Custom JavaScript in Cognos – Searchable Checkbox List


This is the sixth article in a series I am doing about custom JavaScript in Cognos Analytics (I really like custom JavaScript in Cognos) so be sure to check out my other blogs.  In this article, I will explore how to get one of my most popular widgets for Cognos 10 – the searchable checkbox list – to work in Cognos Analytics interactive mode.  In theory it should still work for non-interactive mode, but what do we have for interactive mode? Now that we can use jQuery in the reports, an entire universe of widgets are available. Why adapt my old solution when far more clever people wrote far better scripts? 


In this case, let’s focus on <a href=””>Searchable Option List</a> by Patrick Bauerochse. Much nicer than the one I wrote, it also has a nice grouping option.


The widget itself expects data in a certain format. We can transform data coming from a query to the expected format fairly easily. To begin, let’s pull all parameters into an array:

if( oParameter && ( oParameter.values.length > 0 ) ){
for(var i=0;i<oParameter.values.length;++i){


The data container expects two or three fields. Display, Use, and Group. If Group exists, we need to do some fancy array functionality to group the display and use values.

groupBy = function(xs, key) {
return xs.reduce(function(rv, x) {
(rv[x[key]] = rv[x[key]] || []).push(x);
return rv;
}, {});

Then it’s a matter of creating the JSON.

for(var i=0;i<groupCount;++i){
solJSON[i][‘children’] = [];
for(var j=0;j<groupedJSON[i].length;++j){
if(preselectedVals && $.inArray(oDataStore.columnValues[display][groupedJSON[i][j]
[display]].toString(),preselectedVals)>=0) solJSON[i][‘children’][j][‘selected’]=’true’;


Without the group it’s much simpler.


for(var i=0;i<groupedJSON.length;++i){
if(preselectedVals && $.inArray(oDataStore.columnValues[display][groupedJSON[i]
[display]].toString(),preselectedVals)>=0) solJSON[i][‘selected’]=’true’;


In both cases, if the value exists in the parameters list, it adds a selected=true attribute to the JSON.

Once the data has been collected and transformed into the JSON it’s time to start drawing the control. The config of the control expects a few options.


, pmaxHeight = (o&&o[“maxHeight”])?o[“maxHeight”]:150
, pMultiple = (o&&o[“multiple”])?o[“multiple”]:false
, param= (o&&o[“parameter”])?o[“parameter”]:’Parameter1′
, hideOptions = (o&&o[“hideOptions”])?o[“hideOptions”]:false


maxHeight controls the height of the drop down. multiple controls whether it shows checkboxes or radios. parameter is the parameter name, the same value you would use in a prompt alias. hideOptions lets hide the labels that appear over the prompt. If hideOptions is selected, the placeholder text of the input will be updated to show the display value if one is selected, or “(multiple)” if more than one is selected.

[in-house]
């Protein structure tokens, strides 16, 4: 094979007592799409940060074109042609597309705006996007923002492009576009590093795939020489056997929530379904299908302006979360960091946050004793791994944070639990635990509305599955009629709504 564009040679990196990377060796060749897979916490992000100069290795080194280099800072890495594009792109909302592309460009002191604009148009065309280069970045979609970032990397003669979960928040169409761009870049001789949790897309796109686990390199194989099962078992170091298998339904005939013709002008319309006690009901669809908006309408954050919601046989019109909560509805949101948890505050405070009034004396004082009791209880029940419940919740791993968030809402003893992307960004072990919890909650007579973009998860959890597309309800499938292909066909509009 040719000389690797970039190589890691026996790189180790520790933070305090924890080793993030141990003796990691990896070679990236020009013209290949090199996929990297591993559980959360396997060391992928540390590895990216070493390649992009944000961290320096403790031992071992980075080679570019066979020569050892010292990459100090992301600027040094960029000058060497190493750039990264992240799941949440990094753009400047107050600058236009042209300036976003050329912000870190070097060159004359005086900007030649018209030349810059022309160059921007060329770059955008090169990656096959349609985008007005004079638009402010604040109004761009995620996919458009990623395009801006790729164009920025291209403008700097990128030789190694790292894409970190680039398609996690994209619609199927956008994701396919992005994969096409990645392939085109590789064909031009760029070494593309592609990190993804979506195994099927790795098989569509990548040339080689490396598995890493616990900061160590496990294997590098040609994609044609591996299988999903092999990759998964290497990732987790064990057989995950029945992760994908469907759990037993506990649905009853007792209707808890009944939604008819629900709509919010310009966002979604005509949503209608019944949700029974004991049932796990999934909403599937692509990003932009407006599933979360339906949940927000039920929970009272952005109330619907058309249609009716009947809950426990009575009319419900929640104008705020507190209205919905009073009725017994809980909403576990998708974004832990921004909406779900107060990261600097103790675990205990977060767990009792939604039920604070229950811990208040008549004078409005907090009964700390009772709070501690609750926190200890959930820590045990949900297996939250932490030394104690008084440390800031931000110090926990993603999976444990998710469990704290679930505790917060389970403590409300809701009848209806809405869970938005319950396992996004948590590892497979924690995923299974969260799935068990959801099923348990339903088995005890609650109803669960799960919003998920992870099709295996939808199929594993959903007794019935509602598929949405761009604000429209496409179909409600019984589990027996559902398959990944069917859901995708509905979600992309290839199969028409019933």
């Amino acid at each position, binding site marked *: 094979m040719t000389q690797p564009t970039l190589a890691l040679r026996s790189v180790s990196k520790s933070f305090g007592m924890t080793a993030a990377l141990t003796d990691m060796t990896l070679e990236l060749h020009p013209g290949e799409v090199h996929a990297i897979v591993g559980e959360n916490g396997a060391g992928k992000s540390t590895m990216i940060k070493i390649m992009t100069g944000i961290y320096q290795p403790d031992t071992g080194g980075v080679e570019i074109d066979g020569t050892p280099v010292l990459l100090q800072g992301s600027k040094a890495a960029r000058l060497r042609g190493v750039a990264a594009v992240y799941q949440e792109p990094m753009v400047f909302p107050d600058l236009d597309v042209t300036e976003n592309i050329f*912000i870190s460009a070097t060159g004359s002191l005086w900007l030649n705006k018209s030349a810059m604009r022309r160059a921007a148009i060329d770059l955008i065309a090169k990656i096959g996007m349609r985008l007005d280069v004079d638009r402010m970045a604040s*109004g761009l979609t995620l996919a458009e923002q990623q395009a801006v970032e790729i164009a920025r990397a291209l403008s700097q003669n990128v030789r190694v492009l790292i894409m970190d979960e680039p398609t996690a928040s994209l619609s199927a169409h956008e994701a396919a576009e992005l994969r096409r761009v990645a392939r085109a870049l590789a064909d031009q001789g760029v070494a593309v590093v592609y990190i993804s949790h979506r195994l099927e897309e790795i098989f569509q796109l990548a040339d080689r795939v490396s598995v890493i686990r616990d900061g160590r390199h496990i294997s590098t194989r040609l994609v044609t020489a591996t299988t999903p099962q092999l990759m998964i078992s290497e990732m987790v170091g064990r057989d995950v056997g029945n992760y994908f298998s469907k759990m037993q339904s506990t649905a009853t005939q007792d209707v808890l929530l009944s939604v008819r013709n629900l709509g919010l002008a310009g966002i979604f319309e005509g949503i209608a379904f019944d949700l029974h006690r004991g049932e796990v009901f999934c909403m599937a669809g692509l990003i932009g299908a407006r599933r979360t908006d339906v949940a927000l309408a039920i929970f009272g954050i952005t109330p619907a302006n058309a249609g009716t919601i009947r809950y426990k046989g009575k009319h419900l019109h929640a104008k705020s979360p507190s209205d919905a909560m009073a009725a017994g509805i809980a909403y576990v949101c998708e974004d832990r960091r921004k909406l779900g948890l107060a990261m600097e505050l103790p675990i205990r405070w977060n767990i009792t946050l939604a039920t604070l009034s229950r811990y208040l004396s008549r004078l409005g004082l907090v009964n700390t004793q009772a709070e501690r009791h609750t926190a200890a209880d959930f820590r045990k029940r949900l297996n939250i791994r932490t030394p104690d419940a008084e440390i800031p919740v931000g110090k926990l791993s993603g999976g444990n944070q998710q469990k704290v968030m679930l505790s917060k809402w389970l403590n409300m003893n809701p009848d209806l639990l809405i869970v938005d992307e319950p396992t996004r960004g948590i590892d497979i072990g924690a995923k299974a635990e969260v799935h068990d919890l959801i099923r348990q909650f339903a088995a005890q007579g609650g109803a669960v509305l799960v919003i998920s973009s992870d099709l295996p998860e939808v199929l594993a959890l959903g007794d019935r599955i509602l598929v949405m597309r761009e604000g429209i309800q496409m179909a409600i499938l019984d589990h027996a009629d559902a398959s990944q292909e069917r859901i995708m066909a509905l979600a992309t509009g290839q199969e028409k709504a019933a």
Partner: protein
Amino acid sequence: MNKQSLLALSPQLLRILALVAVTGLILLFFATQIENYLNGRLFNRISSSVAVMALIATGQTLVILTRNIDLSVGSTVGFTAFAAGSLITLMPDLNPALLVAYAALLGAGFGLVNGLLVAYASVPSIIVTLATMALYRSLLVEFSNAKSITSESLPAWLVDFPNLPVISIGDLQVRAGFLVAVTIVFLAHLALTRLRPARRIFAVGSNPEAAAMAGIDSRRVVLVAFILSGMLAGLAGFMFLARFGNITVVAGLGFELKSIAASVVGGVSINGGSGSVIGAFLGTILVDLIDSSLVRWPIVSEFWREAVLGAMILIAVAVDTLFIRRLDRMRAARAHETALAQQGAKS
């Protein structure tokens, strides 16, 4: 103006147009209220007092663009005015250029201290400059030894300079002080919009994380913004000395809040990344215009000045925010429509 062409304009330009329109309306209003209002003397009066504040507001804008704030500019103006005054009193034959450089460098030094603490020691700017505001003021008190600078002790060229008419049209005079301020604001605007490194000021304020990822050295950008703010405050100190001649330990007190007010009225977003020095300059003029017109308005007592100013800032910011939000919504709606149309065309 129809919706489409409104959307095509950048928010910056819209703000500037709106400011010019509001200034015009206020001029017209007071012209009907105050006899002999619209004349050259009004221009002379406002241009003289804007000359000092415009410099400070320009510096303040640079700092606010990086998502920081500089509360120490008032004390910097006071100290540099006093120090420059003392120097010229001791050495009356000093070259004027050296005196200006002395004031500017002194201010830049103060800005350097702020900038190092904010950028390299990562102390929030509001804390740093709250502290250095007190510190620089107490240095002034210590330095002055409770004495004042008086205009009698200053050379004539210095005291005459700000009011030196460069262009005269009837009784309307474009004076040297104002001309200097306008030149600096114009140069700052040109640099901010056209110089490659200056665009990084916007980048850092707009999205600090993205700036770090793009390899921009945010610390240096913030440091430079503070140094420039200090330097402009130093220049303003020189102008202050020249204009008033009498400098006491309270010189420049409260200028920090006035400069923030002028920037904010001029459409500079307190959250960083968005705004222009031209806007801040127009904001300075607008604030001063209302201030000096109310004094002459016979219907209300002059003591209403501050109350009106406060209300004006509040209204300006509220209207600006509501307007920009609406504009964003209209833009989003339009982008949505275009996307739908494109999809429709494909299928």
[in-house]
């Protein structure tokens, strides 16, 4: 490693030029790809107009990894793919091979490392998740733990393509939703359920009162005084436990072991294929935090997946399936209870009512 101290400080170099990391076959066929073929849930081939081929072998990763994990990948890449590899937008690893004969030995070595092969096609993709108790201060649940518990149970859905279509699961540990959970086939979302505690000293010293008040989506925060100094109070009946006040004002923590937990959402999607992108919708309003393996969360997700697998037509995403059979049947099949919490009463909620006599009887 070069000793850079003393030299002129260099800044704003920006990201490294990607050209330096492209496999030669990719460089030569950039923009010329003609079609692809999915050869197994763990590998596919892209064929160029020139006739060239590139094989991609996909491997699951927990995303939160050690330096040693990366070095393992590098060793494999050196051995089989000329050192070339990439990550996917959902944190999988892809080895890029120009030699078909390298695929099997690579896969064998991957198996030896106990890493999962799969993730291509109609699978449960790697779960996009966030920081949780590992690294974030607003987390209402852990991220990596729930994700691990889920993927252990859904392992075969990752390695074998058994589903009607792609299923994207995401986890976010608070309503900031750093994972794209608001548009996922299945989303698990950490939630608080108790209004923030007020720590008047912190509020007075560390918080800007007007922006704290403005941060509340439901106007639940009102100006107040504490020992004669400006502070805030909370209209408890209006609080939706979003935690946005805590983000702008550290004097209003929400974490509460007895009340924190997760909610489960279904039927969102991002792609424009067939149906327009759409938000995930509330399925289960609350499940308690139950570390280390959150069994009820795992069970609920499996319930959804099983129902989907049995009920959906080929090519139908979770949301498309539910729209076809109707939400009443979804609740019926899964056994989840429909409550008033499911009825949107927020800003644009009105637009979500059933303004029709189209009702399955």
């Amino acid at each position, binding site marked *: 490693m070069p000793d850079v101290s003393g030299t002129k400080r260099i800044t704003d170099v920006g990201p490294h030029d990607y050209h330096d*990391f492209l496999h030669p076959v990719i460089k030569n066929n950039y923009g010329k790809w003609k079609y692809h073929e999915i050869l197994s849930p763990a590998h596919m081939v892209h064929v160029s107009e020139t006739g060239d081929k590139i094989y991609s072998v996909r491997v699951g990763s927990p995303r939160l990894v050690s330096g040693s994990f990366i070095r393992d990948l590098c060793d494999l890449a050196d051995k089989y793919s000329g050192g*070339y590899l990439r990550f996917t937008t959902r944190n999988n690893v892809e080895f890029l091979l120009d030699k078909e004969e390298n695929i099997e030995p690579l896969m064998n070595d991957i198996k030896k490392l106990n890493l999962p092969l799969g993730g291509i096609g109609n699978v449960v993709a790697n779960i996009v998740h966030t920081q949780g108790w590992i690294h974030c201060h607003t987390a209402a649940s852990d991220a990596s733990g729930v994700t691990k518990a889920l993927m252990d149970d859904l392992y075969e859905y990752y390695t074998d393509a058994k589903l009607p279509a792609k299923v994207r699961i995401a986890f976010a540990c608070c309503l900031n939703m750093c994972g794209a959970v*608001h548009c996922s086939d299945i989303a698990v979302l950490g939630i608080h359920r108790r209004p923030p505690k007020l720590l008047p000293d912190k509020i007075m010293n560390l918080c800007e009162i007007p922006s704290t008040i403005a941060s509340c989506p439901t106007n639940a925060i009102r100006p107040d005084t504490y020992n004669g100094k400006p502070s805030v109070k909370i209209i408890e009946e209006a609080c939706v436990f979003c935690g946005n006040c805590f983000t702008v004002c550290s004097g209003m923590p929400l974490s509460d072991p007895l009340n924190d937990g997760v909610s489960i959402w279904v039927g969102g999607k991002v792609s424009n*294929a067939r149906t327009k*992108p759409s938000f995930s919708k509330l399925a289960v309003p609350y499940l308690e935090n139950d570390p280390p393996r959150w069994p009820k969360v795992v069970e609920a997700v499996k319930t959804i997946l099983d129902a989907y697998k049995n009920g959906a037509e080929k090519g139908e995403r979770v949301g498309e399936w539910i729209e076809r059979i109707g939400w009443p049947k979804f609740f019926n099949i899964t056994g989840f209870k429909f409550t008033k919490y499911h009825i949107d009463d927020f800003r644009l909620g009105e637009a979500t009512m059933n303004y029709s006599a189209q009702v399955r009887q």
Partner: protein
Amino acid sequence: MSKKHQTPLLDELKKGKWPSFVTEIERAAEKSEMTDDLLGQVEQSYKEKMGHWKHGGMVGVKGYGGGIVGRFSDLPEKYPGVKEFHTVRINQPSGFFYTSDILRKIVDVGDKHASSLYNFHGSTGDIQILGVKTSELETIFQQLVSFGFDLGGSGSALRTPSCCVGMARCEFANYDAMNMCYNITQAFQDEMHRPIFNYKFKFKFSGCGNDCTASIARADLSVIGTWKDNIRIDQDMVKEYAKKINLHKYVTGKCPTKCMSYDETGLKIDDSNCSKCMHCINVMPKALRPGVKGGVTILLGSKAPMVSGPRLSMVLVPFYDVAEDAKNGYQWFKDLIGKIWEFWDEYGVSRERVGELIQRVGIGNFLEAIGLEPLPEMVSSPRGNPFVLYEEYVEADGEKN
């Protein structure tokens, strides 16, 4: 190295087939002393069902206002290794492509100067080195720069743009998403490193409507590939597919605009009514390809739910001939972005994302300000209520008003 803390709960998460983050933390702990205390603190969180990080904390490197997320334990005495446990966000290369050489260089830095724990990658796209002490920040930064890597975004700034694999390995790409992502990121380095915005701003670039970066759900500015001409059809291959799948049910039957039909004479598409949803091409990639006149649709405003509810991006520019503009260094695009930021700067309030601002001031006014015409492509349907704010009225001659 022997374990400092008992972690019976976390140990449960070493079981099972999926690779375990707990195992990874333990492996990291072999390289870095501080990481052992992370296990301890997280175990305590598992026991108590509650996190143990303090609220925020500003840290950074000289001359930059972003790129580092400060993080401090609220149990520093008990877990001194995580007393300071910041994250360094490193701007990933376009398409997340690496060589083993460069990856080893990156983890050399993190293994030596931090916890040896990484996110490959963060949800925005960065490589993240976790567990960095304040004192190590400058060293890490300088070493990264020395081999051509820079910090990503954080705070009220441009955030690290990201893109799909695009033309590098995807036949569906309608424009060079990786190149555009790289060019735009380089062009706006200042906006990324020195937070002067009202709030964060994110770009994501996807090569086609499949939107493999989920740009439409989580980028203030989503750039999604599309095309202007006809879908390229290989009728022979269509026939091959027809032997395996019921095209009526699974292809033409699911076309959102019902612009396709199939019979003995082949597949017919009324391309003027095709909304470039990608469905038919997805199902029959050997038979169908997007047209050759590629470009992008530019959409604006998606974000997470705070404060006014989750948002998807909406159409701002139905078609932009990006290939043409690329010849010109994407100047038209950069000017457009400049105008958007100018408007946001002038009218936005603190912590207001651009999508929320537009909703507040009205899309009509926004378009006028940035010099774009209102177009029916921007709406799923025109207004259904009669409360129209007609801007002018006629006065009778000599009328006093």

To use it, first drag in a custom control. The properties should look something like this:

In this case, I’m setting the parameter value of the prompt to “product”, I’m hiding the options, and I’m instructing the script to create checkboxes instead of radios.


Next, a dataset has to be associated with the prompt. To do this I created a new query with three data items.

Group: [Sales (query)].[Products].[Product line]
Display: [Sales (query)].[Products].[Product]
Use: [Sales (query)].[Products].[Base product number]

Those were added to the dataset:

Now, let’s see it in action.

By setting the config to multiple=false, it automatically turns into a radio prompt.

Personally, I’m not a big fan of the options appearing over the prompt, but there’s no accounting for taste. Setting hideOptions to false will allow the selected options to appear.

Ultimately this is a very effective (and if disabling the hideOptions), and very compact way of creating a multiselect prompt. I’ve made a few modifications to the original sol.js – adding support for selecting/deselcting only the visible options after searching, and making “select none” work with radio prompts.


You can view the report and js files here: Custom JavaScript in Cognos - Searchable Checkbox


I hope you find this article on custom JavaScript in Cognos Analytics helpful.  If you haven’t already, be sure to check out our blog for additional tips and tricks. Be sure to subscribe to our newsletter for data and analytics news, updates, and insights delivered directly to your inbox.


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